"You can't fight pirates with large warships. You have to have ships that have shallow drafts that can go in and chase the pirates close to shore," historian Michael Crawford said. "And the other thing we learned is that it's best to hit the pirates in their shore facilities. It's easier to stop their deprivations ashore than it is to do it on the high seas."
Crawford has studied piracy and privateering from the 15th century to the present. Privateers received sanctions from their government to attack ships flying a flag of a country at war with the privateer's country.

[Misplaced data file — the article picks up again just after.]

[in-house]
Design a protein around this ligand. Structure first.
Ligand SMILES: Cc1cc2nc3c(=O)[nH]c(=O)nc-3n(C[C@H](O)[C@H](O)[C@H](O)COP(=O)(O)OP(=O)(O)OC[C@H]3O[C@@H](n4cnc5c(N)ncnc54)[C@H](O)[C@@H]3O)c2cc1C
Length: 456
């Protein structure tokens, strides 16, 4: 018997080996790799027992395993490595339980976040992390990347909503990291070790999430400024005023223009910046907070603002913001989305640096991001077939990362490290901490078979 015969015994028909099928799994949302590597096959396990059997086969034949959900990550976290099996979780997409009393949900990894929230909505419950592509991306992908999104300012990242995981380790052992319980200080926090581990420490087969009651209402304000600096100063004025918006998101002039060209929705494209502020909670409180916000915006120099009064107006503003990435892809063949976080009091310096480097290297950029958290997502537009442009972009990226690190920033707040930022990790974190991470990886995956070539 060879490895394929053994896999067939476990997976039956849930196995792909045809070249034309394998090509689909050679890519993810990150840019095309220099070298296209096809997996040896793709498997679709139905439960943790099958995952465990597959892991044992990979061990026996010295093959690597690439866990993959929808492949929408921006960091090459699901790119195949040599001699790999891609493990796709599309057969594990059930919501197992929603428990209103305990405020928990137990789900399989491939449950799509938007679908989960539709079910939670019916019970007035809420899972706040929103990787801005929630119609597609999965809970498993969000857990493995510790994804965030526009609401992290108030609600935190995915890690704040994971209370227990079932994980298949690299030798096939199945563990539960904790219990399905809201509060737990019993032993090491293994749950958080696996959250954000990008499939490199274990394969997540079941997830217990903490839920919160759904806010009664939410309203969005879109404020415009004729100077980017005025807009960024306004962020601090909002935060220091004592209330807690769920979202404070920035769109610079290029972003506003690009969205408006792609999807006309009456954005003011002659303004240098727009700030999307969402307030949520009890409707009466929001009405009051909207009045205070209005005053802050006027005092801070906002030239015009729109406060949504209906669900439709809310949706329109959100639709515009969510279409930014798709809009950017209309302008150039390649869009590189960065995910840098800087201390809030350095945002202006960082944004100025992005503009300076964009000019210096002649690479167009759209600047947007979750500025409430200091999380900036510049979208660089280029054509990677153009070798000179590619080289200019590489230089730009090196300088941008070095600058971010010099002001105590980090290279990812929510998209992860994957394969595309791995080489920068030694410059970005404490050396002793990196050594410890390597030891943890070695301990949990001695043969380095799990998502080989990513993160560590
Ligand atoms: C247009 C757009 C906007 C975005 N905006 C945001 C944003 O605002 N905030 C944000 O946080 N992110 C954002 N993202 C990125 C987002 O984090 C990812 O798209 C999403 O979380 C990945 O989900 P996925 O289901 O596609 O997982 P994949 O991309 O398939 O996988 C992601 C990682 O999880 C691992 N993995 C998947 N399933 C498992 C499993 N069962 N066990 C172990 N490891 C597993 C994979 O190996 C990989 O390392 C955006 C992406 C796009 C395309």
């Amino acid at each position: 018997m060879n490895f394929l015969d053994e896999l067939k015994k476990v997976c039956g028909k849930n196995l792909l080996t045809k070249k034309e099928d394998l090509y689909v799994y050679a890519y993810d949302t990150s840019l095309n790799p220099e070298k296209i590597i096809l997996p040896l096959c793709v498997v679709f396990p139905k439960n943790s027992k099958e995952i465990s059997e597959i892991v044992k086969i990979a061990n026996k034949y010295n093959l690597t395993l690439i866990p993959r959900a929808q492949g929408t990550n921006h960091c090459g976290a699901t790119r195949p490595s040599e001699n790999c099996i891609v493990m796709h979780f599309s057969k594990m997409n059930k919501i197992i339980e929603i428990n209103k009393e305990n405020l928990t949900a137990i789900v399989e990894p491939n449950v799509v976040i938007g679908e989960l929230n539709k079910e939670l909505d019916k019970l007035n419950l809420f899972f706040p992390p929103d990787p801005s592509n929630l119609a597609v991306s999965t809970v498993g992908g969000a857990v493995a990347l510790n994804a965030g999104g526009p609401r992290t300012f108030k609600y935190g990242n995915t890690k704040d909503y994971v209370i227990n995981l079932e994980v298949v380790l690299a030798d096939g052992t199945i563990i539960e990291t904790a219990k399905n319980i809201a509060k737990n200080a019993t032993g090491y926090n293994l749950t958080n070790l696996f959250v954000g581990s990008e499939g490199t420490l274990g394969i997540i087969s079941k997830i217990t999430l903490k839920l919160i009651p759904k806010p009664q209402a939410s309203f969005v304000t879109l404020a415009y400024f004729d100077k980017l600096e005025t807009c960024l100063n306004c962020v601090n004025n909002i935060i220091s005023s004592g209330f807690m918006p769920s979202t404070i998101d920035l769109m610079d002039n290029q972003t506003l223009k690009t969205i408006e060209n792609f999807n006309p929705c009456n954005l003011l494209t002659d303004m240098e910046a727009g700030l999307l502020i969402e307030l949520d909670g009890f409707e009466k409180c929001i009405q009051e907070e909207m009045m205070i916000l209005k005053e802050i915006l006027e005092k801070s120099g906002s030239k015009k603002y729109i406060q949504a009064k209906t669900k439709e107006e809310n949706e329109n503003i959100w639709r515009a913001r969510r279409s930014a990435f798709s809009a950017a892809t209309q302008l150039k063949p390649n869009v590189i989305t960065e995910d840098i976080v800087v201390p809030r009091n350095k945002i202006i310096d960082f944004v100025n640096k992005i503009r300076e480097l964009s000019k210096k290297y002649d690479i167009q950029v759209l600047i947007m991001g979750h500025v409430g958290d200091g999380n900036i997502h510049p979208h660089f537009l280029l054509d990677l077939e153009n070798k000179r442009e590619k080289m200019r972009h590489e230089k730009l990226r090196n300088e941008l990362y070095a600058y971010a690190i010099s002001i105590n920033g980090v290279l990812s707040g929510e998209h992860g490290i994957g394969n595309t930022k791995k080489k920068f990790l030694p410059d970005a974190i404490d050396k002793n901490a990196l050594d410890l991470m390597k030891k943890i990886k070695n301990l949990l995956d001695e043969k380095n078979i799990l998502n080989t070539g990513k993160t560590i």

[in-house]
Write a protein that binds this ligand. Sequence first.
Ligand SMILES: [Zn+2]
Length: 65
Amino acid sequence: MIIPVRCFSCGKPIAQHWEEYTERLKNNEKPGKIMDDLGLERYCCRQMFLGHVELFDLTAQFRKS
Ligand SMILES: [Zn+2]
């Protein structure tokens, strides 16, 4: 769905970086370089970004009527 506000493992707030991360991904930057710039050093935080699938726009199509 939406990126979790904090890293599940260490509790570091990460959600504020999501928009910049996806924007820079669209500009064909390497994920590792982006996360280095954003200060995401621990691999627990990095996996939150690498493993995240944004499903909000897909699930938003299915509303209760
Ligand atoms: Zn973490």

Although international conventions effectively ended privateering as a legitimate form of warfare in the 19th century, piracy continues, especially off the coast of Somalia, an American Forces Press Service release reported.
Somali pirates fired upon a U.S. Navy helicopter from the USS Chancellorsville Tuesday. The pirates were on a Taiwanese-flagged ship they hijacked in April and use as a "mother ship" for their attacks, including the hijacking of the U.S.-flagged Maersk-Alabama in the Indian Ocean.
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